Roberge to English boards: Return to in-person classes is government's call, not yours

Despite a decree from the Quebec government, several English school boards have either delayed the return of high school students to full-time, in-person classes, or decided against it altogether.

Some school boards delayed full return to in-person classes, citing health concerns

Jean-François Roberge, the province's education minister, says students are obligated to return to full-time in person learning. (Jacques Boissinot/The Canadian Press)

The province's education minister says there is no grey area when it comes to school attendance, and all students are obligated to show up to school every day, regardless of any directive to the contrary issued by their school boards.

As of Monday, students in Grades 9,10 and 11 in red zones were required to return to classrooms full-time, after months of alternating between going to class and learning from home. 

But several English school boards are not following the government's instructions, citing concerns over the health of their staff and students. 

"They will have to come back to school every day," Education Minister Jean-François Roberge said Wednesday. "This is, in fact, mandatory. It doesn't depend on the school boards, or the service centres or private schools. Each kid has the right to go to school everyday."

Roberge sent a letter to the boards on Tuesday, reiterating they must follow the government's decree and have all students learning in class every day of the week.

Russel Copeman, executive director of the Quebec English School Boards Association, says it isn't that simple. 

Last fall, the province gave high schools two options for students in Grades 10 and 11: schools could either keep students within the same class bubble all day or alternate between in-person and online learning.

Copeman said it was impossible for some schools to keep a stable classroom bubble so many have been using a hybrid learning model since last August. 

"Some school boards will be able to bring back in-person learning 100 per cent in secondary 4 and 5 very quickly," said Copeman.

"Other boards that have made different arrangements, with the approval of the ministry of education as far back as August, are finding it much more challenging to change all of that." 

Copeman said this is especially true because some schools planned for a hybrid model when they were hiring staff and planning curriculums for the year last fall.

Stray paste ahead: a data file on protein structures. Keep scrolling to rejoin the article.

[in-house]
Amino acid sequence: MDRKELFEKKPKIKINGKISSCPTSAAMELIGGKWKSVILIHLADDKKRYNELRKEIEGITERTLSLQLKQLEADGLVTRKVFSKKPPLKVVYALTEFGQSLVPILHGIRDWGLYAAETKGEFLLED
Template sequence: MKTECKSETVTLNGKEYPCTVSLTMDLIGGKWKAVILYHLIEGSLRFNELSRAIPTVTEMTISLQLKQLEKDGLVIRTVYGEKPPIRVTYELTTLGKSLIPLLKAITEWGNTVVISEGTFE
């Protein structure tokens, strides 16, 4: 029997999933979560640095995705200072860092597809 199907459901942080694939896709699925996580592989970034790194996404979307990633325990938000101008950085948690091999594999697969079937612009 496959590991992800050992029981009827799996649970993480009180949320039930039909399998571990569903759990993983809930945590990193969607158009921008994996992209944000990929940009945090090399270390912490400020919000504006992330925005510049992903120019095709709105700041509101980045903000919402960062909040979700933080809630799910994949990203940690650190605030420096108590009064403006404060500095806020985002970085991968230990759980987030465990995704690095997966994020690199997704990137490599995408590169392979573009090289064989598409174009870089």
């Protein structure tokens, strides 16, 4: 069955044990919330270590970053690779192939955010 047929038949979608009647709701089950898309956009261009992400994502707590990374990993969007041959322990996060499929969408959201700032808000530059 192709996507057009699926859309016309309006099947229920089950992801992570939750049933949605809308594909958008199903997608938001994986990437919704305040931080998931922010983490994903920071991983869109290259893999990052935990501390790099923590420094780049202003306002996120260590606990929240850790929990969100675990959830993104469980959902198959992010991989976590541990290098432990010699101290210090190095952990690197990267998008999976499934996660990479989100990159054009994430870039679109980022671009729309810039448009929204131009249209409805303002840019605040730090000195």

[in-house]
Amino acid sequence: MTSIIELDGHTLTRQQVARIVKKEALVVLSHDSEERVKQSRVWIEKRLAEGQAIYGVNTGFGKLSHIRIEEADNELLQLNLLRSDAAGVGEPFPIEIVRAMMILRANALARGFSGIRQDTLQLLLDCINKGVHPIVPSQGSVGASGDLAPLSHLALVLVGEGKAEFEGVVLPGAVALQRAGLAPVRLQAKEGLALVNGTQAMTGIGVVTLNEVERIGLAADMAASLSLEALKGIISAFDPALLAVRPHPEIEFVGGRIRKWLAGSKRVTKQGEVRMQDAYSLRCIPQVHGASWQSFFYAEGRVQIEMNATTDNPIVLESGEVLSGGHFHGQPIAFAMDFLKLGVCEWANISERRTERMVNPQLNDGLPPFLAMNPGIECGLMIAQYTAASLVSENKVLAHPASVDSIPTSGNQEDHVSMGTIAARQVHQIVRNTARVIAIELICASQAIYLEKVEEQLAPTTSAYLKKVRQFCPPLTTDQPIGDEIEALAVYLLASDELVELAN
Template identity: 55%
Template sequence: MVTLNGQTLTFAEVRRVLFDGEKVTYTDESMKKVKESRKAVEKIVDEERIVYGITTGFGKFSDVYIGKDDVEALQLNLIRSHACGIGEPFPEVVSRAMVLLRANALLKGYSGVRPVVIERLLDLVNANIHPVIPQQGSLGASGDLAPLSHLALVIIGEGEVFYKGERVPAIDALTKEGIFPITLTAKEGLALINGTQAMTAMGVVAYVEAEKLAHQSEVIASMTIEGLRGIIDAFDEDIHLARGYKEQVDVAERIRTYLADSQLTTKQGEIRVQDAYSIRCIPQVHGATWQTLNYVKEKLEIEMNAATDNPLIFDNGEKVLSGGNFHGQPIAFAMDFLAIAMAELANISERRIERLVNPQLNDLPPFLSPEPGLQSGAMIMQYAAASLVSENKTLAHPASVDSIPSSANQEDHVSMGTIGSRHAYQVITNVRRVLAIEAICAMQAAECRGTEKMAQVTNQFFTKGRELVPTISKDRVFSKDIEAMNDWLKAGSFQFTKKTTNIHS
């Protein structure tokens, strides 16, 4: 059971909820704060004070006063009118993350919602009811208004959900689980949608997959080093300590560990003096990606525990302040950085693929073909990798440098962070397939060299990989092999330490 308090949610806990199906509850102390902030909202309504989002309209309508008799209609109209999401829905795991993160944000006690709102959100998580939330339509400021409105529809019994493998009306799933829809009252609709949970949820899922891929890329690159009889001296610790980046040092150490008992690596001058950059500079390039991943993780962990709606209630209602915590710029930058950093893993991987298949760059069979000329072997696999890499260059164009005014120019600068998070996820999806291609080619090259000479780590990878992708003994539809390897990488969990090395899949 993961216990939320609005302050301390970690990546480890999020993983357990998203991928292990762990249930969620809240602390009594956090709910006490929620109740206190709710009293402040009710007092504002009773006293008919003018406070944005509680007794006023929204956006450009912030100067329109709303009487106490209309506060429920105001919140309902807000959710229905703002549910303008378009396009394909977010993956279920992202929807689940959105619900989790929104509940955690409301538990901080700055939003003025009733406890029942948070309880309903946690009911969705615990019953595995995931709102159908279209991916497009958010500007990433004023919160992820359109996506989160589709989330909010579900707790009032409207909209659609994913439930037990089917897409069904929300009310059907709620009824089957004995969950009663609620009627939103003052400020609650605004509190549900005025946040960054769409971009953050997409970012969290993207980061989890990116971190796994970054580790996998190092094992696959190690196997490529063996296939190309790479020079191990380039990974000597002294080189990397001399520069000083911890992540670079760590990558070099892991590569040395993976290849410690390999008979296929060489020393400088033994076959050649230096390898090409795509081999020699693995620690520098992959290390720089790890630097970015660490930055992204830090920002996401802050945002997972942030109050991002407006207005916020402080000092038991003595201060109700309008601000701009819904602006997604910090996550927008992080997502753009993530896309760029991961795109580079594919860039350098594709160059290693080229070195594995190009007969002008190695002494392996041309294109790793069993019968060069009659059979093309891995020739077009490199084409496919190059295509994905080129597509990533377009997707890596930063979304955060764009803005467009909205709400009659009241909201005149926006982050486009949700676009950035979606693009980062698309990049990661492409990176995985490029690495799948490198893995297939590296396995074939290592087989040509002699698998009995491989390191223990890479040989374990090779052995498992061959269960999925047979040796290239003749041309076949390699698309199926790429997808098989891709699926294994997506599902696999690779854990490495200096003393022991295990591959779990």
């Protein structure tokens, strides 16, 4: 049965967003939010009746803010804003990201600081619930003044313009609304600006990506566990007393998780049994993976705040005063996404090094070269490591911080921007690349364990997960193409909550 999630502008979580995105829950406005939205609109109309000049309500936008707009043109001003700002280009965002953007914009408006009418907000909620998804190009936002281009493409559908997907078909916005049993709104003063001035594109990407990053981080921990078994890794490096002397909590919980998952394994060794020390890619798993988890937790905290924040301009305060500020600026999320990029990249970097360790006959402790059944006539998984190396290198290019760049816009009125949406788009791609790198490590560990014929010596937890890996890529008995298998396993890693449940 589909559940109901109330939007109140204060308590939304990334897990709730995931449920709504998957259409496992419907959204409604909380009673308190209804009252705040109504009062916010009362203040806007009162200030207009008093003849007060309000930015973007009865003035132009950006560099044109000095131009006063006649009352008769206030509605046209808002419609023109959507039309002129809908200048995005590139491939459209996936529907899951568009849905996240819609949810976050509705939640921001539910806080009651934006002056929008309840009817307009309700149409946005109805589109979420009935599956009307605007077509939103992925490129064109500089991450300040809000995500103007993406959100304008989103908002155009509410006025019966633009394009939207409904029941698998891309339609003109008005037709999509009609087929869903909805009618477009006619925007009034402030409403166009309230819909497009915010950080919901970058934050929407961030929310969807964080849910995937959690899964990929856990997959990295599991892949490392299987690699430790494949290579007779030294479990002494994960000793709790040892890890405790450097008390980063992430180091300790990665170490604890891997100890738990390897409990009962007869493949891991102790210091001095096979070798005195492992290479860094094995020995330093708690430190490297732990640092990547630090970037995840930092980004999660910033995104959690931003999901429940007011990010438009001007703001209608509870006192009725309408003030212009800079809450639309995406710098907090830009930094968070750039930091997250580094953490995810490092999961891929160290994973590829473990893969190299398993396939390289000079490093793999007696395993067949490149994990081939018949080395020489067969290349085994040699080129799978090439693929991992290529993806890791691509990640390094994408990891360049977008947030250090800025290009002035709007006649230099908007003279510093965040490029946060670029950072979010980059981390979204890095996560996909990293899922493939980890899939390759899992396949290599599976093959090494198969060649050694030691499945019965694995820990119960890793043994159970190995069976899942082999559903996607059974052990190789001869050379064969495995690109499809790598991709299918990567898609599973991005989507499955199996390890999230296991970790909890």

This is the case for six high schools within the English Montreal School Board. In a statement Wednesday, the board announced the six schools that had been following a hybrid model since the beginning of the school year will keep doing so. 

As for the rest of EMSB students, those in Grade 9 returned to classrooms full-time earlier this week and the rest will be returning on April 6. 

In a statement earlier this week, the Sir Wilfrid Laurier School Board announced it would preserve the hybrid learning model "until further notice", citing concerns about Health Minister Christian Dubé's claim the province had entered a third wave of COVID-19.

The Lester B. Pearson School Board on the other hand sent Grade 9 students back full-time this week. With pedagogical days and the Easter holiday coming up, it decided to bring back Grade 10 and 11 students starting next Wednesday.

Balancing public health concerns

Katerina Papadakis led hundreds of students in a walkout at Centennial Regional High School Tuesday. (Matt D'Amours/CBC)

Students at some high schools staged protests this week, voicing concerns for their health and that of their families and teachers. 

Hundreds of students at Centennial Regional High School in Greenfield Park held a walkout Tuesday afternoon, calling on the government to allow them to return to a hybrid learning model. All students at the school went back full-time this week.

"If we can't go out and go to a restaurant then why can we go in a school with 1,000 kids — how is that safe?" said Katerina Papadakis, the Grade 11 student who organized the walkout. 

"I obviously really don't like online [learning], I'd rather everything go back to normal, but I'd also rather keep my family and my friends safe."

Roberge addressed those students Wednesday, saying he understands their concerns but that the decision to send them back was not made lightly. 

"I can understand that some parents, some teachers, some students, they have some fears, they have some anxieties. I think it's normal," said Roberge, who explained that his ministry made the decision after discussions with specialists and public health experts.

But it isn't just school officials who have questioned the government's decision. Maude Laberge, a professor at Université Laval and a researcher in population health, feels the full return to classrooms comes much too soon given the current COVID-19 situation in the province. 

"There are clearly places that are more at risk of having spread of the virus. I'm thinking of schools predominantly," said Laberge.

"We know a lot of cases are happening in schools and we're just increasing the risk of having to close down schools and classes." 

Dr. Horacio Arruda, the province's public health director, said it was a matter of weighing out the long-term consequences.

"There are kids that are going to fail the year, there are kids with mental health issues actually, and public health is not only infectious disease, that's also those impacts," Arruda said Tuesday.

As of Monday, there was a total of 1,351 classes shut down across the province because of COVID-19. There have been 532 suspected cases of coronavirus variants detected in Quebec schools since March 12.

With files from Matt D'Amours and Josh Grant


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